For the surface stress induced MCL bending, from molecular point of view, the binding results in electrostatic repulsion or attraction, intermolecular interactions, or a combination of these that alter the surface stresses on the cantilever. Using Stoney’s formula [7], the bending deflection of the cantilever due to adsorption can be written as:

ΔZ=(3(1υ)L2ET2)δs,
(2)

where ΔZ is the observed deflection at the end of the cantilever, ν and E are Poisson′s ratio (0.2152) and Young’s modulus (70 GPa for SiO2, 156 GPa for silicon, 300 GPa for Si3N4) for the substrate, respectively, T is the thickness of the cantilever, L is the length of the MCL, and δs is the differential stress on the MCL.

Both frequency and bending approaches have been demonstrated to detect chemicals with sensitivity as high as parts-per-trillion, and each approach has its own advantages and disadvantages which can be used for specific applications. For instance, resonance frequency of MCLs has been used to detect very low level pathogens [4, 5]; also the bending approach showed special selectivity towards some chemicals because of its unique mechanism [6]. MCL sensors hold a position as a cost-effective, sensitive sensor platform for environmental, biomedical, homeland security, and industrial applications. Compared to existing technologies for pathogen detection, the MCL sensor technology has three key advantages:

  • Low Cost – Electronics for operation and control are relatively simple and inexpensive.
  • Low-power Consumption– For static mode, since the cantilever’s bending signal is driven by molecular recognition, the only power needed is for detection and display, allowing use of light-weight battery power or photovoltaic cells.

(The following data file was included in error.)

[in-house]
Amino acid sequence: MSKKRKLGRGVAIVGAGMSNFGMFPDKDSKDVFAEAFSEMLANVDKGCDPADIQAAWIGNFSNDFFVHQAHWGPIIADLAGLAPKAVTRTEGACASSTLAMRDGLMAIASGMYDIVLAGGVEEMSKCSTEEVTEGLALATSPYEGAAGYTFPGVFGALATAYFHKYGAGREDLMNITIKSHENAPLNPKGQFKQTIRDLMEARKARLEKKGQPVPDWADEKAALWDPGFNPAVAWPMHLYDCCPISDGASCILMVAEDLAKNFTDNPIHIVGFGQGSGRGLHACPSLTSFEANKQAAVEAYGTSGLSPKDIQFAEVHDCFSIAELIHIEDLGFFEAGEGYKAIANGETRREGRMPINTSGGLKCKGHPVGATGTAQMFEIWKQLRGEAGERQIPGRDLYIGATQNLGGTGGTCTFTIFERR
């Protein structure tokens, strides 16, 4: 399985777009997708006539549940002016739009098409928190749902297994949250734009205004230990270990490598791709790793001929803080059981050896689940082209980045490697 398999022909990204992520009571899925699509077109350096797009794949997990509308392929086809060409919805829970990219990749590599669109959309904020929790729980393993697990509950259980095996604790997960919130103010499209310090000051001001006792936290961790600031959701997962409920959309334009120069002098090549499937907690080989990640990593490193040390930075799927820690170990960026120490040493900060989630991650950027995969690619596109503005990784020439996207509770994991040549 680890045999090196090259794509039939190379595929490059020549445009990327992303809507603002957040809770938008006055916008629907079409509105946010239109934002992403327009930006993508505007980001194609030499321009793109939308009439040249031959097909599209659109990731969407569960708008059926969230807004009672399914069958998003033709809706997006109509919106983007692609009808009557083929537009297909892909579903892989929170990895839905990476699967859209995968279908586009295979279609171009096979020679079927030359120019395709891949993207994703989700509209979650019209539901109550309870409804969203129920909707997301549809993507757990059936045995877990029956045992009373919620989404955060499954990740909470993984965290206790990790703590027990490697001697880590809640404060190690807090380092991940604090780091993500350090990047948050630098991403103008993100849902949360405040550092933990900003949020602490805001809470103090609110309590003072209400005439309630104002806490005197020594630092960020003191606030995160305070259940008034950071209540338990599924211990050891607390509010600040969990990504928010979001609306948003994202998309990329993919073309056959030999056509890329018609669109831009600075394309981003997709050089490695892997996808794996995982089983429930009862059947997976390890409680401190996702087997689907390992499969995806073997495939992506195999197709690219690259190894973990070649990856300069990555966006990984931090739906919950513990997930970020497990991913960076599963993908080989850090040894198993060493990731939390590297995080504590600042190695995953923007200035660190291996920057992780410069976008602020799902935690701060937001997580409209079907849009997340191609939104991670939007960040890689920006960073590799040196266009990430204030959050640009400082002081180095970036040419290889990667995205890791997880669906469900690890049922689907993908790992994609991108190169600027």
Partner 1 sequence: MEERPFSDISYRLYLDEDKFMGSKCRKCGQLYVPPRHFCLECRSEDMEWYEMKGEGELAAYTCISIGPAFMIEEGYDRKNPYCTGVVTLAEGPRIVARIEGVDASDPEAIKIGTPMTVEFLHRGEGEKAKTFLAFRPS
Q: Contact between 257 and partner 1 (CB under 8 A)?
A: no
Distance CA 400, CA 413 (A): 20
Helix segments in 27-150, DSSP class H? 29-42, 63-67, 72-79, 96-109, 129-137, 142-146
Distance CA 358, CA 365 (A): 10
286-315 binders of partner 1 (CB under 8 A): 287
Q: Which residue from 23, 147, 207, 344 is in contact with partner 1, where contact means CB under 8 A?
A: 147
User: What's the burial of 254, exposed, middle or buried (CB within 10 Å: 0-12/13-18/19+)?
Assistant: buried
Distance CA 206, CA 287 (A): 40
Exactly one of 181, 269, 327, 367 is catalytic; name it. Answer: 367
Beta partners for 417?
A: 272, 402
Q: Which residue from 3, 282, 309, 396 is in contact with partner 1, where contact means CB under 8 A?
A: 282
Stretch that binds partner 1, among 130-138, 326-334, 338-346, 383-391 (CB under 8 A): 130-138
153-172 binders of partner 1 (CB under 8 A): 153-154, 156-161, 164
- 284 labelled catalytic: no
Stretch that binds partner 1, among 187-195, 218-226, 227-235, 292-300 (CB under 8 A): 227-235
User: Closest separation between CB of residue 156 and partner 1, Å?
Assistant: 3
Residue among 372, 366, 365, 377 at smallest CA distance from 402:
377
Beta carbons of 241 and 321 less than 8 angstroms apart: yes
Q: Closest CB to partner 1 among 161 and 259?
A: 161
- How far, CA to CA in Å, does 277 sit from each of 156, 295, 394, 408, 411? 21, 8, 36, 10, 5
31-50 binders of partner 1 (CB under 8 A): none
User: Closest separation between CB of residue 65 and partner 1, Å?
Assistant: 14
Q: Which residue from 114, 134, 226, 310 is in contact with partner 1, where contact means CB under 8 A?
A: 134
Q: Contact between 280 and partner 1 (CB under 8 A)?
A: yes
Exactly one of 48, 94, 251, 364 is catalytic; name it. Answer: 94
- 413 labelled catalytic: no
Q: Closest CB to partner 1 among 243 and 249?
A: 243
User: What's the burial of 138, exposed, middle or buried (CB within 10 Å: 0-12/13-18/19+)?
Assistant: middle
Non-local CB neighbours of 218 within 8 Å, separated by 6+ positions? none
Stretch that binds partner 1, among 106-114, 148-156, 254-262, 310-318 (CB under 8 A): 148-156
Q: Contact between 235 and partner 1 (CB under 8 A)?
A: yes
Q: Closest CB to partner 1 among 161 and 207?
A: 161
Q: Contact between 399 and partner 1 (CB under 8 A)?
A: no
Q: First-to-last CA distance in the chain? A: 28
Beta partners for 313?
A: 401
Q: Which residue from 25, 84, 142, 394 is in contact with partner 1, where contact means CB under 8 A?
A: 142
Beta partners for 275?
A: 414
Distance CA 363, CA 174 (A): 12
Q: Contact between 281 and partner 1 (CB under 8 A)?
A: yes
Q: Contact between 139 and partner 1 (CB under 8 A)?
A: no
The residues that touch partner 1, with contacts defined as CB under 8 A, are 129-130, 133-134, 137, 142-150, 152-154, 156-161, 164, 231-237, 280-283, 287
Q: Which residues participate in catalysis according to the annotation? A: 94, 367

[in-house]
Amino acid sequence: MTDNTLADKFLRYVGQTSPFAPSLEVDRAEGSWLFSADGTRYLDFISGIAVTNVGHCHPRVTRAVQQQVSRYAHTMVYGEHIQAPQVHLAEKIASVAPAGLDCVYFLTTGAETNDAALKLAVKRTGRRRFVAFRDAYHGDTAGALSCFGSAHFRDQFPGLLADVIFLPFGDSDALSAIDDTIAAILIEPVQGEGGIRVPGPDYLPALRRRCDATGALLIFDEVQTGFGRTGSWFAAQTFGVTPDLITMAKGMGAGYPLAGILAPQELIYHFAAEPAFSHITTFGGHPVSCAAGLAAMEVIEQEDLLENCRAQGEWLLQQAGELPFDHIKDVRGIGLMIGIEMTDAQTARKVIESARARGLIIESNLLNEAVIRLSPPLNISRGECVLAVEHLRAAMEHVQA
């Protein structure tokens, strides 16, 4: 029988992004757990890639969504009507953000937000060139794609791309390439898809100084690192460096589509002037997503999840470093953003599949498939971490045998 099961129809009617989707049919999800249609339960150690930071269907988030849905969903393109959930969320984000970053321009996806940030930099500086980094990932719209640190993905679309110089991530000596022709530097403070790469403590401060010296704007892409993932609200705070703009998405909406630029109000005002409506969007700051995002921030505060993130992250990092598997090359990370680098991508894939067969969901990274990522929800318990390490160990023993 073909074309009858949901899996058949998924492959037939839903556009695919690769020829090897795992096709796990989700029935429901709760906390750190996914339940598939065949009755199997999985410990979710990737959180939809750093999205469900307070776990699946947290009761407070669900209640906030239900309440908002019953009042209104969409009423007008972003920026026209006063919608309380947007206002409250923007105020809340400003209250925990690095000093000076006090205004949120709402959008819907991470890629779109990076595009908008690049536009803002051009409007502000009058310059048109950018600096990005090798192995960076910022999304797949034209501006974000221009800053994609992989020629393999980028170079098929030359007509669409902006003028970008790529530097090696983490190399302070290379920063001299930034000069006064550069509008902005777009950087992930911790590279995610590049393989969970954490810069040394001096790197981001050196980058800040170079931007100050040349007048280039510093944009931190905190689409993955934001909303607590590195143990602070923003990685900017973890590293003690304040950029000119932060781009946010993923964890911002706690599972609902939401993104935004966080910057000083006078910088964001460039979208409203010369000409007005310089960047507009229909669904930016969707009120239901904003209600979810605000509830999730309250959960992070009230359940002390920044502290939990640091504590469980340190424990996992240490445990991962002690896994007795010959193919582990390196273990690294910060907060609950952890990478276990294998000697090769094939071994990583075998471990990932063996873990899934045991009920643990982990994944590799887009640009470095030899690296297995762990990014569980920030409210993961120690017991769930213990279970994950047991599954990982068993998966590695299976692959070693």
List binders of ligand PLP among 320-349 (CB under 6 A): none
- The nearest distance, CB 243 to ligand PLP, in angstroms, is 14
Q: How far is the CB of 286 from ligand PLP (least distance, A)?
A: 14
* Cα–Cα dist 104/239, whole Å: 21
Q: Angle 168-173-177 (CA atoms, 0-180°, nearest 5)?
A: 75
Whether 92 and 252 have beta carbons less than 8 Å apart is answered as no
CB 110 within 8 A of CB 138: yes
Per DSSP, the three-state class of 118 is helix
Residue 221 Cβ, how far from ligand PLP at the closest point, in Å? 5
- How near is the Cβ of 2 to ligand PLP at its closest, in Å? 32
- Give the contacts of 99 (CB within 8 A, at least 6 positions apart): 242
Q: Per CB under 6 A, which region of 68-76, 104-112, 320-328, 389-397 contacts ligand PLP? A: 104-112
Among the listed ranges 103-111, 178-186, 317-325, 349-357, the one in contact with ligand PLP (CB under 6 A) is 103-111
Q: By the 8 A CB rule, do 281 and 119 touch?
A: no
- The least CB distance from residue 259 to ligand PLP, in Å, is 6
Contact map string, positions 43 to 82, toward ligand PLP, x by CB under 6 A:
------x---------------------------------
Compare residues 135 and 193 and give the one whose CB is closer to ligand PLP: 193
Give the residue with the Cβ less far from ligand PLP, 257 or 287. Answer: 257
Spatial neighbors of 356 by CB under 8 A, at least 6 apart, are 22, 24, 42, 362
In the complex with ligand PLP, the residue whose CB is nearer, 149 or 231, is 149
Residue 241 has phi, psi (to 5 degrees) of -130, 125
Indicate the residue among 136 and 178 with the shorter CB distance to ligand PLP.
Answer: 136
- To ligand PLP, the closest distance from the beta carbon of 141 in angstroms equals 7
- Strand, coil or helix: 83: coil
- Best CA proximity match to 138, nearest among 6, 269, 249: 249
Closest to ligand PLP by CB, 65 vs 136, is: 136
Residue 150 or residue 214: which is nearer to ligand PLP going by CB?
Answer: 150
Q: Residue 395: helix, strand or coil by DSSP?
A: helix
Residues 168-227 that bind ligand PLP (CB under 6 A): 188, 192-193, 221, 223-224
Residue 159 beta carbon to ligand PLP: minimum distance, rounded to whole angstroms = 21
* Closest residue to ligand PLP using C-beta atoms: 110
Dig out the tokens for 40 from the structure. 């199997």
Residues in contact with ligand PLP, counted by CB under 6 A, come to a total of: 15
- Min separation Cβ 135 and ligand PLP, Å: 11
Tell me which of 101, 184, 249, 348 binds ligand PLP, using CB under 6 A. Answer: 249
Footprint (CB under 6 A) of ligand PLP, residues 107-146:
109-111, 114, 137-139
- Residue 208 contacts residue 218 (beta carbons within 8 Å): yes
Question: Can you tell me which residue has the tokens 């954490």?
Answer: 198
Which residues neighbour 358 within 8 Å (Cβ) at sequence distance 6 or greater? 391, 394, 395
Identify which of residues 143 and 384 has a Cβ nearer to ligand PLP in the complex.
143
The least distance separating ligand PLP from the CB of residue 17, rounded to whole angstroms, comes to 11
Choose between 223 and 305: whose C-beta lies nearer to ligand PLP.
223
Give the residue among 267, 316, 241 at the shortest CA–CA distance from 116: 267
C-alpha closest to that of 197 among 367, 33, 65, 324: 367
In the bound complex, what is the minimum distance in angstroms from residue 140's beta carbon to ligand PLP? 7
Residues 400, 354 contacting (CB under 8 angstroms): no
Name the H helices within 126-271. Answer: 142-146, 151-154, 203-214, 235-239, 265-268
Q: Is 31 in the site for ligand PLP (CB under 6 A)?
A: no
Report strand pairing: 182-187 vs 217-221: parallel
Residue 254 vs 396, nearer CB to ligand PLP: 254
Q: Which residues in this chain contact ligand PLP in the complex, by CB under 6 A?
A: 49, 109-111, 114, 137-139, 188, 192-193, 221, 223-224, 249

• Small Size – The entire sensor could fit in an area with its sides less than a few millimeters.

The device can be readily integrated into a robot system without much increase of weight in order to protect the operator and to guarantee uniform detection strategies.

Other than those, MCL arrays could be used to simultaneously detect and identify various chemicals on a single chip; the analysis time is relatively shorter because the assay does not require extensive sample preparation or signal amplification; it could be used for in-situ detection.

By monitoring changes in bending response or frequency change of a cantilever, mass change and surface stress changes induced by adsorption or molecular recognition can be recorded precisely and accurately. Optical, piezoresistive, piezoelectric, and capacitive methods have been used for the detection of cantilever’s deflection (Figure 2).

Figure 2
Illustration of four methods for detecting cantilever motion with sub-nanometer precision –(Left) Laser-beam deflection method; (middle) Piezoresistive and piezoelectric method; and (Right) Capacitive method.

Each sensing mechanism has its own advantages and drawbacks. Optical method is sensitive and can measure deflection as small as 1 nm. However, the optical system is complicated and not user friendly compared to the other methods. The sensing systems based on piezoresistive, piezoelectric, and capacitive methods are much simpler and hold the potential for implantable biosensing applications. These methods do not require complex adjustment and alignment systems as needed in optical readout scheme [79], and they could readily be integrated with electrical circuit [10].